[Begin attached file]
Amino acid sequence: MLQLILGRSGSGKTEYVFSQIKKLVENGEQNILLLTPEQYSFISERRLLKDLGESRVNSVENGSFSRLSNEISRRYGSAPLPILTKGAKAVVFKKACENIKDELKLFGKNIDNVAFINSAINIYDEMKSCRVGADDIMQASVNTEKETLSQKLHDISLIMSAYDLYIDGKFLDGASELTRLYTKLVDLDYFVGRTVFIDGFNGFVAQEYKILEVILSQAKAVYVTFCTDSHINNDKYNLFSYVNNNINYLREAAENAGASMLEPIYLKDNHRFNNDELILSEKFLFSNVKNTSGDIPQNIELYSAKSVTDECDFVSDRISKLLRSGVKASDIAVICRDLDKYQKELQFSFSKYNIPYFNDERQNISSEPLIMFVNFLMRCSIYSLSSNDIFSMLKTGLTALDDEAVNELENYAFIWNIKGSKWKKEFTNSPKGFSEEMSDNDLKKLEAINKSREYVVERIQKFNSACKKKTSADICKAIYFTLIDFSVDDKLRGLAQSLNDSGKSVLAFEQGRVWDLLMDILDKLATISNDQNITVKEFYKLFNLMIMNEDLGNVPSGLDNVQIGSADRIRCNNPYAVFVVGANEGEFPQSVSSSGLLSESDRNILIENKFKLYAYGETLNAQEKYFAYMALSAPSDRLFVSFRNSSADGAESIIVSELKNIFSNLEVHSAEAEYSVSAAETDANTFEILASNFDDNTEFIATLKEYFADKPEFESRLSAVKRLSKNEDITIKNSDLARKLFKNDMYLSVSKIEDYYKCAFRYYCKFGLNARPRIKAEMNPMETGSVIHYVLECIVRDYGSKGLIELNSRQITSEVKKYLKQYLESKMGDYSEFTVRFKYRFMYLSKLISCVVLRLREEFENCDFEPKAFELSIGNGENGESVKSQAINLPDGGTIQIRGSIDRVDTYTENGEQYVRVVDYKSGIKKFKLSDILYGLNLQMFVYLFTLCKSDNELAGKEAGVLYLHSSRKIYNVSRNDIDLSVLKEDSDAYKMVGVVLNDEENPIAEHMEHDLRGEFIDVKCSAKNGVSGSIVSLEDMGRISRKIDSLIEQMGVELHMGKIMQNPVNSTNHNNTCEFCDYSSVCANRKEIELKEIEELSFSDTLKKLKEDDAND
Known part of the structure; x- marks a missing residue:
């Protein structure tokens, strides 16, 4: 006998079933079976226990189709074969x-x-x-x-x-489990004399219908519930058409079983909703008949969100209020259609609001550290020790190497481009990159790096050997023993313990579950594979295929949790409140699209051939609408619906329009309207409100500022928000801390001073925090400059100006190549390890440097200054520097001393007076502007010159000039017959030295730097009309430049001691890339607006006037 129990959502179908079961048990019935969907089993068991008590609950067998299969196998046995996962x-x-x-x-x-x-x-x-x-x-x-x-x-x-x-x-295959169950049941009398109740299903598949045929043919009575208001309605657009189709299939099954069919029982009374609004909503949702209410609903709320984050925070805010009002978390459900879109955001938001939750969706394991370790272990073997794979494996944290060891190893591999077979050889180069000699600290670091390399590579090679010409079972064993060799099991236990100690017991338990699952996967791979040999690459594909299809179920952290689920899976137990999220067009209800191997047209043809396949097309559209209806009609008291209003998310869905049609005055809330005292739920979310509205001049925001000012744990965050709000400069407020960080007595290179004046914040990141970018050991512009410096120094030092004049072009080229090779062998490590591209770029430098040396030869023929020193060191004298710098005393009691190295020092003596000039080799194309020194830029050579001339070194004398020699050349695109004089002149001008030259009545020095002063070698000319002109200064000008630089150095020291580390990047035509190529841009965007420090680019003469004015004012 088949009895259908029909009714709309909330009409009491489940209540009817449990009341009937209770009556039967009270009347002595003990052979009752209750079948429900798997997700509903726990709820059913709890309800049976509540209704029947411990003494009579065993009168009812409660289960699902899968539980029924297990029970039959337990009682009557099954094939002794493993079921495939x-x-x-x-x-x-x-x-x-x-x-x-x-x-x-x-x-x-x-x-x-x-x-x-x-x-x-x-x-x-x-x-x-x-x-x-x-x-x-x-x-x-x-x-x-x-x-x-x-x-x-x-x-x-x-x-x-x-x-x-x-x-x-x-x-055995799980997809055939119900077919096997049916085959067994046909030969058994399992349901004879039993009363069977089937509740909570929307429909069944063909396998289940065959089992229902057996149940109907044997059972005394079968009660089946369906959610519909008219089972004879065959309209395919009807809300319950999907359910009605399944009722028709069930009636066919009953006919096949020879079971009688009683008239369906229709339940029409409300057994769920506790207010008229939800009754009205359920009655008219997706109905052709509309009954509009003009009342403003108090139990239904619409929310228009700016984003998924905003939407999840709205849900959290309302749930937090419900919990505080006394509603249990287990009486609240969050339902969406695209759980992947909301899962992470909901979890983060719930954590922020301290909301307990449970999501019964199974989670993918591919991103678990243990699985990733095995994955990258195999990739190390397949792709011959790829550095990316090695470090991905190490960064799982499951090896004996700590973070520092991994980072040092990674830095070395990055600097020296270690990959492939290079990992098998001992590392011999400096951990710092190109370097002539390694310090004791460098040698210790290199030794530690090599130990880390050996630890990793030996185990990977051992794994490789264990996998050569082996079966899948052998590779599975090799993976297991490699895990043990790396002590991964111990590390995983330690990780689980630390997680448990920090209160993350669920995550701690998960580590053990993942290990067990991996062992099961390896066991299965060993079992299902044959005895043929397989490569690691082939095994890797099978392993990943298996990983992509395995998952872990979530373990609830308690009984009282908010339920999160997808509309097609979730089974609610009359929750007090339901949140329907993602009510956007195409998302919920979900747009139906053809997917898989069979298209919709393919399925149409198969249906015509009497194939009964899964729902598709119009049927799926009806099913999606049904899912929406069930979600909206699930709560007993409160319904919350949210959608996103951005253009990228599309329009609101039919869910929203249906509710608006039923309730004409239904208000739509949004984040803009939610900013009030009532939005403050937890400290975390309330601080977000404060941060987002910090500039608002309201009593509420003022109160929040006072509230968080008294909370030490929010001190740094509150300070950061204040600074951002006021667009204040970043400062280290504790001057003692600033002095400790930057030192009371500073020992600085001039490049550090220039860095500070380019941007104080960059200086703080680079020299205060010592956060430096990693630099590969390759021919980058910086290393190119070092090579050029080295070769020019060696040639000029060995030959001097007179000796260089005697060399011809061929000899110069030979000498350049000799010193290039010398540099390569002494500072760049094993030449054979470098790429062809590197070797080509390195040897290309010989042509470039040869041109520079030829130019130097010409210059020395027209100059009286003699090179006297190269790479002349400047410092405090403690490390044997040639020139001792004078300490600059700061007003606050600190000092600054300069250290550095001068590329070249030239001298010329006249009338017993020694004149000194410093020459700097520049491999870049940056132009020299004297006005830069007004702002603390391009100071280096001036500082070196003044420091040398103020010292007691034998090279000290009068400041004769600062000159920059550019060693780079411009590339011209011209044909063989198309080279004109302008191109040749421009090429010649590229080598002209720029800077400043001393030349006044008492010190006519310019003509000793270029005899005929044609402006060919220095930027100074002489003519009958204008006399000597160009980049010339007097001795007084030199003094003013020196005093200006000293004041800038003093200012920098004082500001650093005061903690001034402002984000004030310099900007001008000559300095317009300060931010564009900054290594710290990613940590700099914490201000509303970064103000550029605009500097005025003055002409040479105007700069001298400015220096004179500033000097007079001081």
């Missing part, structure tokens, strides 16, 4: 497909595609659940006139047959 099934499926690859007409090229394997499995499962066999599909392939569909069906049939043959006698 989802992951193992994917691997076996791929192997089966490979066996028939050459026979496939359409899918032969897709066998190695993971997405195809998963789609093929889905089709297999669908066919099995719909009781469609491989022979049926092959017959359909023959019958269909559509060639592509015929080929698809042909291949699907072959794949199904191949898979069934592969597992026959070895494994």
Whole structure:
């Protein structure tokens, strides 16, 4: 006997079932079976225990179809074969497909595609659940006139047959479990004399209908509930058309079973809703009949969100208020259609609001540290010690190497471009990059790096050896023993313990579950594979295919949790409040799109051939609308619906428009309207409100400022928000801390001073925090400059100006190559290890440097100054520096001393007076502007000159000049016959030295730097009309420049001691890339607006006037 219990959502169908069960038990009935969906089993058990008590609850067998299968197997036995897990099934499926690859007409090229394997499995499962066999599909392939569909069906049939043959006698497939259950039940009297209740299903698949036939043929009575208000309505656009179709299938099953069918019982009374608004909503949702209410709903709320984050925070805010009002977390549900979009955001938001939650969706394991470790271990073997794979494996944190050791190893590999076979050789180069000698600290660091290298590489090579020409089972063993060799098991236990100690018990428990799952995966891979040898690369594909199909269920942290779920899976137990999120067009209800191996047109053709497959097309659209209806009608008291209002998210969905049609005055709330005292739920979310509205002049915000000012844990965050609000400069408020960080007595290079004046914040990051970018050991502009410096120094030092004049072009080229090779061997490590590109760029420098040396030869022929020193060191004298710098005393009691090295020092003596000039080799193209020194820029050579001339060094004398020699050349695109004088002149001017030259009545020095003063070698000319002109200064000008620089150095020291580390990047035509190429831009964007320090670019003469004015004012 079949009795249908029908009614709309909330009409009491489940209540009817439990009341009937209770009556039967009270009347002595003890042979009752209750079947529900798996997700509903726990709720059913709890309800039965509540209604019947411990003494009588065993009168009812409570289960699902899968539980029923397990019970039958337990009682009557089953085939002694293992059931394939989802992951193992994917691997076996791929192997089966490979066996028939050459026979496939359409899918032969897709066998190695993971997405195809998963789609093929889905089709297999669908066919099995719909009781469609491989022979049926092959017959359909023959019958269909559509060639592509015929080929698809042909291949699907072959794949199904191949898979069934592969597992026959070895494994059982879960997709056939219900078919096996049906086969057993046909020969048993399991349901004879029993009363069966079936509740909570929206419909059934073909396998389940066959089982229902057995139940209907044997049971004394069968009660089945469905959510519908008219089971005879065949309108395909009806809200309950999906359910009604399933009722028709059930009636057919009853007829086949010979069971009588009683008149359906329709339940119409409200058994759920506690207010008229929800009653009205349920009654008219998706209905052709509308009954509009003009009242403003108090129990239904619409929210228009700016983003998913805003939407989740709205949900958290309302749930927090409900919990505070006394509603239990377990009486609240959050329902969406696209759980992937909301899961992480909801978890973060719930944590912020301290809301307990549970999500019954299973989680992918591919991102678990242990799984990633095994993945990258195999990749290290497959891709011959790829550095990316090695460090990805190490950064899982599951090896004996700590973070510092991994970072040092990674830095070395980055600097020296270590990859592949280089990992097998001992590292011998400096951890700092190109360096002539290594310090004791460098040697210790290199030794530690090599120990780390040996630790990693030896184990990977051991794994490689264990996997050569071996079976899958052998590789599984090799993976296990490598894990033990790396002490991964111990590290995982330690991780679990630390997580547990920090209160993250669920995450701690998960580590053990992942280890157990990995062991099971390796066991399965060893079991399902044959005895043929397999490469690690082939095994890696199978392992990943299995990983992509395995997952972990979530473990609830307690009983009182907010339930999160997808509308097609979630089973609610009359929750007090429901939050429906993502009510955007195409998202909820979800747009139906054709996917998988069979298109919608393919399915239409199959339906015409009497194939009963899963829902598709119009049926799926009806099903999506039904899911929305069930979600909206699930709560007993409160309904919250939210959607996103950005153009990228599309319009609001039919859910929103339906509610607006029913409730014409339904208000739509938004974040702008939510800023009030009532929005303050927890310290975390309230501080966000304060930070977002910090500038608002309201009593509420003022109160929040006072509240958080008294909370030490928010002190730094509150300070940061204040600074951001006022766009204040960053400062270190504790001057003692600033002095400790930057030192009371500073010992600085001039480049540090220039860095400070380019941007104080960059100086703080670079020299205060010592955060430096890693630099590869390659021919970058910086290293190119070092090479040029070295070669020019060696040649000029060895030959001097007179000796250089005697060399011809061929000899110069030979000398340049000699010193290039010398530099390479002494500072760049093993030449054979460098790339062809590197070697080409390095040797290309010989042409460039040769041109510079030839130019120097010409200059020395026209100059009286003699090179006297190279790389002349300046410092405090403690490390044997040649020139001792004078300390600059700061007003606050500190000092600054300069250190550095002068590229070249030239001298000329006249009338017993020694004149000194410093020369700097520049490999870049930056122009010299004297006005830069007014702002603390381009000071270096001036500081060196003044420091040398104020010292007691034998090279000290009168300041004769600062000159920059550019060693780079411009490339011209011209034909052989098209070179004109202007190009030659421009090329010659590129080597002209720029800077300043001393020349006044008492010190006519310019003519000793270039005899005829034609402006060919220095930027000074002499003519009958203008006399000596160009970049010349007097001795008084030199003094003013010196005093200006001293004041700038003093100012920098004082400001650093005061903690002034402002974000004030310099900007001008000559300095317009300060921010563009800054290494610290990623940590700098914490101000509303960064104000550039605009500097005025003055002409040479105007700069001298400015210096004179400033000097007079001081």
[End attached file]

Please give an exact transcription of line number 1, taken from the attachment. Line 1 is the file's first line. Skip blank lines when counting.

Amino acid sequence: MLQLILGRSGSGKTEYVFSQIKKLVENGEQNILLLTPEQYSFISERRLLKDLGESRVNSVENGSFSRLSNEISRRYGSAPLPILTKGAKAVVFKKACENIKDELKLFGKNIDNVAFINSAINIYDEMKSCRVGADDIMQASVNTEKETLSQKLHDISLIMSAYDLYIDGKFLDGASELTRLYTKLVDLDYFVGRTVFIDGFNGFVAQEYKILEVILSQAKAVYVTFCTDSHINNDKYNLFSYVNNNINYLREAAENAGASMLEPIYLKDNHRFNNDELILSEKFLFSNVKNTSGDIPQNIELYSAKSVTDECDFVSDRISKLLRSGVKASDIAVICRDLDKYQKELQFSFSKYNIPYFNDERQNISSEPLIMFVNFLMRCSIYSLSSNDIFSMLKTGLTALDDEAVNELENYAFIWNIKGSKWKKEFTNSPKGFSEEMSDNDLKKLEAINKSREYVVERIQKFNSACKKKTSADICKAIYFTLIDFSVDDKLRGLAQSLNDSGKSVLAFEQGRVWDLLMDILDKLATISNDQNITVKEFYKLFNLMIMNEDLGNVPSGLDNVQIGSADRIRCNNPYAVFVVGANEGEFPQSVSSSGLLSESDRNILIENKFKLYAYGETLNAQEKYFAYMALSAPSDRLFVSFRNSSADGAESIIVSELKNIFSNLEVHSAEAEYSVSAAETDANTFEILASNFDDNTEFIATLKEYFADKPEFESRLSAVKRLSKNEDITIKNSDLARKLFKNDMYLSVSKIEDYYKCAFRYYCKFGLNARPRIKAEMNPMETGSVIHYVLECIVRDYGSKGLIELNSRQITSEVKKYLKQYLESKMGDYSEFTVRFKYRFMYLSKLISCVVLRLREEFENCDFEPKAFELSIGNGENGESVKSQAINLPDGGTIQIRGSIDRVDTYTENGEQYVRVVDYKSGIKKFKLSDILYGLNLQMFVYLFTLCKSDNELAGKEAGVLYLHSSRKIYNVSRNDIDLSVLKEDSDAYKMVGVVLNDEENPIAEHMEHDLRGEFIDVKCSAKNGVSGSIVSLEDMGRISRKIDSLIEQMGVELHMGKIMQNPVNSTNHNNTCEFCDYSSVCANRKEIELKEIEELSFSDTLKKLKEDDAND